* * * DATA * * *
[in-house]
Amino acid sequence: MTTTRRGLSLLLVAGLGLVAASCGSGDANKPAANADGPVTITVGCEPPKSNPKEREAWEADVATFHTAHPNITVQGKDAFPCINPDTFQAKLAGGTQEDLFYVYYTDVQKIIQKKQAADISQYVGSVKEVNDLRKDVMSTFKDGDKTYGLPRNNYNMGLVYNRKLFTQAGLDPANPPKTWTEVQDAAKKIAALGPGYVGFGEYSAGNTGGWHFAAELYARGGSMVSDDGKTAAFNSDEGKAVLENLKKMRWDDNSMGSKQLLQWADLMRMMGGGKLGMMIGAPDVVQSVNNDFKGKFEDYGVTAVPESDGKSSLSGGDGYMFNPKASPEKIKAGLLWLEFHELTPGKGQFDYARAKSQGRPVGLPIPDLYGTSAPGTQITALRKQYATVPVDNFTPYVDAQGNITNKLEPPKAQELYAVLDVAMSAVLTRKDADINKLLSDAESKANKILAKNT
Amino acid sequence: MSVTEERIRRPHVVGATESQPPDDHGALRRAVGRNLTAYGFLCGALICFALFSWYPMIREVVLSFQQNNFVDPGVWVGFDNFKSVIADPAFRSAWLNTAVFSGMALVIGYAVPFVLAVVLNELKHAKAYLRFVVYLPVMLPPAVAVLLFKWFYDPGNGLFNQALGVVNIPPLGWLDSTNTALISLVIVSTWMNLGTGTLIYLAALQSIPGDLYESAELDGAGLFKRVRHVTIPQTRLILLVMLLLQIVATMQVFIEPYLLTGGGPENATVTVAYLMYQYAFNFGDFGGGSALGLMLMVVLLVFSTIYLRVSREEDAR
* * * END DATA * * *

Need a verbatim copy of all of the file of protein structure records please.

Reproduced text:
[in-house]
Amino acid sequence: MTTTRRGLSLLLVAGLGLVAASCGSGDANKPAANADGPVTITVGCEPPKSNPKEREAWEADVATFHTAHPNITVQGKDAFPCINPDTFQAKLAGGTQEDLFYVYYTDVQKIIQKKQAADISQYVGSVKEVNDLRKDVMSTFKDGDKTYGLPRNNYNMGLVYNRKLFTQAGLDPANPPKTWTEVQDAAKKIAALGPGYVGFGEYSAGNTGGWHFAAELYARGGSMVSDDGKTAAFNSDEGKAVLENLKKMRWDDNSMGSKQLLQWADLMRMMGGGKLGMMIGAPDVVQSVNNDFKGKFEDYGVTAVPESDGKSSLSGGDGYMFNPKASPEKIKAGLLWLEFHELTPGKGQFDYARAKSQGRPVGLPIPDLYGTSAPGTQITALRKQYATVPVDNFTPYVDAQGNITNKLEPPKAQELYAVLDVAMSAVLTRKDADINKLLSDAESKANKILAKNT
Amino acid sequence: MSVTEERIRRPHVVGATESQPPDDHGALRRAVGRNLTAYGFLCGALICFALFSWYPMIREVVLSFQQNNFVDPGVWVGFDNFKSVIADPAFRSAWLNTAVFSGMALVIGYAVPFVLAVVLNELKHAKAYLRFVVYLPVMLPPAVAVLLFKWFYDPGNGLFNQALGVVNIPPLGWLDSTNTALISLVIVSTWMNLGTGTLIYLAALQSIPGDLYESAELDGAGLFKRVRHVTIPQTRLILLVMLLLQIVATMQVFIEPYLLTGGGPENATVTVAYLMYQYAFNFGDFGGGSALGLMLMVVLLVFSTIYLRVSREEDAR